Freedom and the Blade Dancer
Andy K. Tytler
Before Freedom could respond to the knock at the door, Jasna had entered. She was smiling, her bright blue eyes catching the sunlight coming in from the window to their right, her pale blonde hair catching a glint of the same, but she frowned when she noticed Eduir sitting in a chair with his feet up on the dressing table. His arms were crossed over his chest, and his glaive leaned against the wall behind him. Freedom kept her face free of emotion. It was too early for arguments.
A wave of Eduir’s dark blond hair also caught the dawn’s sheen, and from the mild look of his watery green eyes, no outside observer would know how low an opinion he had of Jasna. Freedom knew, though, and she knew Eduir, and she saw the subtle shift in the way he sat, as though he expected to have to grab the glaive at a moment’s notice.
Jasna turned her frown on Freedom.
“You should not keep him summoned, sister.”
Eduir didn’t move at Jasna addressing Freedom so–which was how Freedom knew how much he despised it. Freedom had tried to explain to him that “sister” was a neutral address, used to recognize a fellow witch, but Eduir would not be persuaded. He could be remarkably stubborn sometimes.
Freedom shrugged. She stretched her arms over her head and twisted first one way then the other before forcing herself to rise for the morning.
“I like keeping him summoned.”
Jasna frowned deeper and turned to Eduir. She wanted to put her hands on her hips, Freedom could tell.
“You should not allow her to keep you summoned. It strains her magic unnecessarily. A proper anima would dismiss itself.”
Freedom caught the twitch at the corner of Eduir’s mouth. Jasna always referred to Eduir as an “it.”
“She likes keeping me summoned,” Eduir replied, his expression flat.
They glared at each other for several seconds, until Jasna scoffed and turned back to Freedom.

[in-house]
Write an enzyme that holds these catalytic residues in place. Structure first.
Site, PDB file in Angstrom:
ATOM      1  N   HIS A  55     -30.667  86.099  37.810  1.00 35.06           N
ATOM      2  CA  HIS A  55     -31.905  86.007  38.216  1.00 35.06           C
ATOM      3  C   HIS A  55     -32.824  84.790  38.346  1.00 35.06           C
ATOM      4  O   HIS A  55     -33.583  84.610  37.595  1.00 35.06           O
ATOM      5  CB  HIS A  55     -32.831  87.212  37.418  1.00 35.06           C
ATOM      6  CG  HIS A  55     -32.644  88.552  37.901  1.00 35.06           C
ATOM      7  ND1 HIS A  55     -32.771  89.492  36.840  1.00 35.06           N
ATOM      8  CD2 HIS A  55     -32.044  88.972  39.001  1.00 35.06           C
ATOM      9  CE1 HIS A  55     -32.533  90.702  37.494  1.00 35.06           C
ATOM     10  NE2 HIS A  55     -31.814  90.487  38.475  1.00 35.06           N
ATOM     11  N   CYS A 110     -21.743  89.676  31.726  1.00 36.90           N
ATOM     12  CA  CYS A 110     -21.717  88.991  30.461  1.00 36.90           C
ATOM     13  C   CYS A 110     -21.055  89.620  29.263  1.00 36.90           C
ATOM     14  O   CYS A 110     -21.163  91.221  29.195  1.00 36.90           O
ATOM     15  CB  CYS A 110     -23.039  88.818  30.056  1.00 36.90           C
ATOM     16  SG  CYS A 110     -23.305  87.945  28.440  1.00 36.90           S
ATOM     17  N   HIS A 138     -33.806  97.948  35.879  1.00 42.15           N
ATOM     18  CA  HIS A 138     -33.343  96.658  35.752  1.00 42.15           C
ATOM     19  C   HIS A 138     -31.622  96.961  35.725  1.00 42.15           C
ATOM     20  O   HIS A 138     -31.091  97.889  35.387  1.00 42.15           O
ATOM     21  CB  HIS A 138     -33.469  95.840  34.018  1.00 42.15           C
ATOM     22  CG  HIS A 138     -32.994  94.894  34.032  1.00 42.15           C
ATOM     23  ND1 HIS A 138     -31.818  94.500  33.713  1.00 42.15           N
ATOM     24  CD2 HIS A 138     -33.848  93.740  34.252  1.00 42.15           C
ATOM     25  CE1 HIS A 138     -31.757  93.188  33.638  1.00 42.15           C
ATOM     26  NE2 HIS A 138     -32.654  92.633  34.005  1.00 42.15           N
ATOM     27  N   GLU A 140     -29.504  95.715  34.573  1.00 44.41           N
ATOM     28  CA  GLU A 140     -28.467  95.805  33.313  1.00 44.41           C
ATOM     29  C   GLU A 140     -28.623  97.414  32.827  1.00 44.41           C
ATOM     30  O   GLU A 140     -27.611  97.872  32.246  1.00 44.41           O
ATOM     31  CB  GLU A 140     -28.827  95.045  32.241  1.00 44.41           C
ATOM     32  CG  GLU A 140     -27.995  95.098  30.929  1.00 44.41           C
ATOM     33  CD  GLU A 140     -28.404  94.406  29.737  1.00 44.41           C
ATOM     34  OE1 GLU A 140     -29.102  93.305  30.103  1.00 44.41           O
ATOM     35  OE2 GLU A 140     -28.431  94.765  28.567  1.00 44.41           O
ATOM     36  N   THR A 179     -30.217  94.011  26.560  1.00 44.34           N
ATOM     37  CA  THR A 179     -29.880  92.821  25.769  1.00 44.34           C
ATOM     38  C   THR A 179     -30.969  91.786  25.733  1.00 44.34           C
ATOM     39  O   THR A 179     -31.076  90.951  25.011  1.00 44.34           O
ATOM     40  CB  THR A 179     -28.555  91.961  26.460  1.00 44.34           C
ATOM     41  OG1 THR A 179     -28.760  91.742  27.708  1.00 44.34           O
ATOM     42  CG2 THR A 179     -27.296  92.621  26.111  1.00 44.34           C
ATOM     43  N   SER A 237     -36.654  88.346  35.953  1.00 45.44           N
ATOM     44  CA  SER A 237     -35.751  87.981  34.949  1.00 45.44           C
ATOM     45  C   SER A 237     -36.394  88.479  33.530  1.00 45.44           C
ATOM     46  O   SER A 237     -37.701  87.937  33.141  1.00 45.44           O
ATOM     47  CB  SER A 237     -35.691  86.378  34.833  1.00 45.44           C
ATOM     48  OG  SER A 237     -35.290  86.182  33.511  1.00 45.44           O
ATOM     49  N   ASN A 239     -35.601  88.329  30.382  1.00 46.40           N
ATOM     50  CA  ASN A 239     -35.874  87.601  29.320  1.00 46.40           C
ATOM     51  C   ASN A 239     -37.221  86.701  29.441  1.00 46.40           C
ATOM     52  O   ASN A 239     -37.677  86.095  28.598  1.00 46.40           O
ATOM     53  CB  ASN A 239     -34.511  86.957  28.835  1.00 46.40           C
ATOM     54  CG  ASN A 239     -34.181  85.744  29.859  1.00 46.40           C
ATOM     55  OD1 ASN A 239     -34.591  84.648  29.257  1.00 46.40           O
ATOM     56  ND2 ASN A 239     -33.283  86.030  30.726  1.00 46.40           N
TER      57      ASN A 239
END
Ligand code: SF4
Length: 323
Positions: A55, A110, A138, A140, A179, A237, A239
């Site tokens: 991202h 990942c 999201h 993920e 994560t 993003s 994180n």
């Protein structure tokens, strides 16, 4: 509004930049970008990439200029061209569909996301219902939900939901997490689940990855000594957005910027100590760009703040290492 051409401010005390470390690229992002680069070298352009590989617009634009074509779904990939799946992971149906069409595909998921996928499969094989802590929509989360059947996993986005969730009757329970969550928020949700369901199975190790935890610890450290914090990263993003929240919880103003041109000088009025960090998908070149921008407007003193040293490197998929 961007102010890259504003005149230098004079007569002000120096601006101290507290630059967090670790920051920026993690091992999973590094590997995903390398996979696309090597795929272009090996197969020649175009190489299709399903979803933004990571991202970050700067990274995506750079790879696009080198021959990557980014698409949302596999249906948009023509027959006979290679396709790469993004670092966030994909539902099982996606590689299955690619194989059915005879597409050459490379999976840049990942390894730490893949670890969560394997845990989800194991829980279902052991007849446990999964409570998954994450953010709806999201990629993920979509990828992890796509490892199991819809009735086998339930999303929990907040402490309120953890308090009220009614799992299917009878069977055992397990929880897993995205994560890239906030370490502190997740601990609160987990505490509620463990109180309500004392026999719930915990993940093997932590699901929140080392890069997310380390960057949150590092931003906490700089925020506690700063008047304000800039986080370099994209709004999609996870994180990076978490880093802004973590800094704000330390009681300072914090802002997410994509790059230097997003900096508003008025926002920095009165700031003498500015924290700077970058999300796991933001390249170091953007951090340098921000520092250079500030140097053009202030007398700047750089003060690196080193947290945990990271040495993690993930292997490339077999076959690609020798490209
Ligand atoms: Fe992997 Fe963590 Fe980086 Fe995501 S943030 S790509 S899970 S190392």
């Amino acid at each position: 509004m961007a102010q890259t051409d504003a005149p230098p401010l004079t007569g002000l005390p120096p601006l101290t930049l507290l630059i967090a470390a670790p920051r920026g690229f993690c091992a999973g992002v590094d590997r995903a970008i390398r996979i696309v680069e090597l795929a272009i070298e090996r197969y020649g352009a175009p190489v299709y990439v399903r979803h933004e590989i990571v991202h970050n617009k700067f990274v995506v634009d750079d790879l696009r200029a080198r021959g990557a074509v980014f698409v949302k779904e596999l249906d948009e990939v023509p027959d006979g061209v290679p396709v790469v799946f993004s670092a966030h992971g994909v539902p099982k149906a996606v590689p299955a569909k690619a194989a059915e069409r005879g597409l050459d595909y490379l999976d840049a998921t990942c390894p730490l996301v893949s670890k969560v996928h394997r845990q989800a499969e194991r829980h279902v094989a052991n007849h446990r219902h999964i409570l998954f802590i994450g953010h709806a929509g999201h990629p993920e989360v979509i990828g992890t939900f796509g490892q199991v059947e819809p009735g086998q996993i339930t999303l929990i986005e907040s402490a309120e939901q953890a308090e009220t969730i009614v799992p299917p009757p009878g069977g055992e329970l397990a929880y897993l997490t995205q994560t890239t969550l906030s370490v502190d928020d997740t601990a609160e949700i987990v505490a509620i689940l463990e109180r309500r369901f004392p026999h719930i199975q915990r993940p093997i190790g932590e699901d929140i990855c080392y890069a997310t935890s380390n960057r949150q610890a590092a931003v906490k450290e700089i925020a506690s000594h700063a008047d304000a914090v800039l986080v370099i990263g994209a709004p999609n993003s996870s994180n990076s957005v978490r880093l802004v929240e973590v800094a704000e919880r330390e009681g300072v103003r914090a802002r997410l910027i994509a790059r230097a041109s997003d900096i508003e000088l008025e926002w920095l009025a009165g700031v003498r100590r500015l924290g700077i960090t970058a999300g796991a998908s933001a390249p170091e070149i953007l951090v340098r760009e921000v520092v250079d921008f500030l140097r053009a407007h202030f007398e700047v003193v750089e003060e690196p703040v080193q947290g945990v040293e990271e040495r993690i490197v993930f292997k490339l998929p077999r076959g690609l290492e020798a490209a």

“Come. There is a roubana ten miles down the river, and it will provide an excellent lesson for you.” She slid a glance in Eduir’s direction. “You should not mistreat your witch so, anima.”
Eduir jerked straight in his chair.
“Eduir,” Freedom said.
He checked with her, and Freedom gave him a slight nod. In one smooth motion, he stood, grabbed his glaive and spun it around to attention, and managed to give Freedom a dragonknight’s bow to a commander while keeping his back to Jasna. He was in his layclothes, a loose linen shirt with sleeves to the elbows, dark wool trousers, and black leather boots to the calf. Standing he was of a height with Freedom, who was several inches taller than Jasna and most other women–as well as some of the men.
Eduir insisted, despite Freedom’s encouragement otherwise, on wearing the Draigvyerrian staple of dress he called “pants,” eschewing the more modern doublets or tunics and hose of Freedom’s time, even the cotehardie, to the effect that he always looked extraordinarily out of place. The dark green doryph mark, proclaiming him the former doryph of wisdom, was visible on the back of his right hand. Freedom couldn’t currently see its mirror version on his palm, or the line that ran up the inside of his arm to cross his shoulders and run down to a similar angular pattern of lines over his heart, although she knew it was there.
Eduir straightened, stiffly at attention, his gaze meeting her cool grey one, and disappeared in swirls of dark green light. Beside her on the nightstand, the dark green orb no larger than a cherry reappeared in the first slot of her silver anima chain.
Freedom followed Jasna out of the little Castilian village and hiked along the riverbank for the first two-thirds of the day. They reached a bend in the river where the far bank had been cut into a steep embankment. The shore sloped shallowly towards the water, more silt and mud than true earth.
Jasna pulled out her own anima chain, which she kept tied to a leather belt around her waist, and touched the silver orb that was the first in the chain.
“Meicera Amteghri,” she said.
Swirls of silver appeared beside her, and Meicera Amteghri appeared.
His face was obscured in shadow, hidden behind mail that swooped beneath his eyes to veil his nose and mouth. He wore a steel conical helmet with etchings of scrollwork which shone in the sun, and his mail hauberk reached below his knees. Beneath the mail of short sleeves was a loose white garment, and he wore loose grey trousers tapered at the ankle, a seeming cousin to Eduir’s pants. Plate vambraces covered both of his forearms with similar scrollwork to his helmet, although he wore unarmoured, soft leather boots. He held a saber and metal shield, and a belt with various ornaments cinched his waist, with the sheath of a knife tucked in. When he appeared, the sword and shield changed immediately to a javelin and then to a recurve bow, a quiver of arrows appearing tied to his waist. He did not speak.
Freedom didn’t speak, either. Eduir never had summoning confusion and always appeared with the correct weapon. Freedom did not blame it on the anima, who did not even have the face of the man he’d been. All he had was a silver mark on his hand instead of a green one, on the left hand instead of the right, the mark a different pattern of lines than Eduir’s.